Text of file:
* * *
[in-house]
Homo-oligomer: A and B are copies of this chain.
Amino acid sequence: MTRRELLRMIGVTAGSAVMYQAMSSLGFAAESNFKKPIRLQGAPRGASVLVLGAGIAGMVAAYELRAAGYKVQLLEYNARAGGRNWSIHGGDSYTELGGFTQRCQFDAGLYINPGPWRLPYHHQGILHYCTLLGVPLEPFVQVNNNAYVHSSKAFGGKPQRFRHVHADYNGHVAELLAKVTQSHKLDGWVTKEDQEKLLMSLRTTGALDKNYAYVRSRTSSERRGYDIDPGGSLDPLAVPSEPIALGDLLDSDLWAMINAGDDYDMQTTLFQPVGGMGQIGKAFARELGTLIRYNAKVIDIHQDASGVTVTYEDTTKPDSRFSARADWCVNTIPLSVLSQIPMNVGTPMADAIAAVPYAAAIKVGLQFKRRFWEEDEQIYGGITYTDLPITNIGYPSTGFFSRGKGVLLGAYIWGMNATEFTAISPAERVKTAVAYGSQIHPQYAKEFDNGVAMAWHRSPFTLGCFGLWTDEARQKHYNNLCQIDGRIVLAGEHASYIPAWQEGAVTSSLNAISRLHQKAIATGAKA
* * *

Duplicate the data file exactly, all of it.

[in-house]
Homo-oligomer: A and B are copies of this chain.
Amino acid sequence: MTRRELLRMIGVTAGSAVMYQAMSSLGFAAESNFKKPIRLQGAPRGASVLVLGAGIAGMVAAYELRAAGYKVQLLEYNARAGGRNWSIHGGDSYTELGGFTQRCQFDAGLYINPGPWRLPYHHQGILHYCTLLGVPLEPFVQVNNNAYVHSSKAFGGKPQRFRHVHADYNGHVAELLAKVTQSHKLDGWVTKEDQEKLLMSLRTTGALDKNYAYVRSRTSSERRGYDIDPGGSLDPLAVPSEPIALGDLLDSDLWAMINAGDDYDMQTTLFQPVGGMGQIGKAFARELGTLIRYNAKVIDIHQDASGVTVTYEDTTKPDSRFSARADWCVNTIPLSVLSQIPMNVGTPMADAIAAVPYAAAIKVGLQFKRRFWEEDEQIYGGITYTDLPITNIGYPSTGFFSRGKGVLLGAYIWGMNATEFTAISPAERVKTAVAYGSQIHPQYAKEFDNGVAMAWHRSPFTLGCFGLWTDEARQKHYNNLCQIDGRIVLAGEHASYIPAWQEGAVTSSLNAISRLHQKAIATGAKA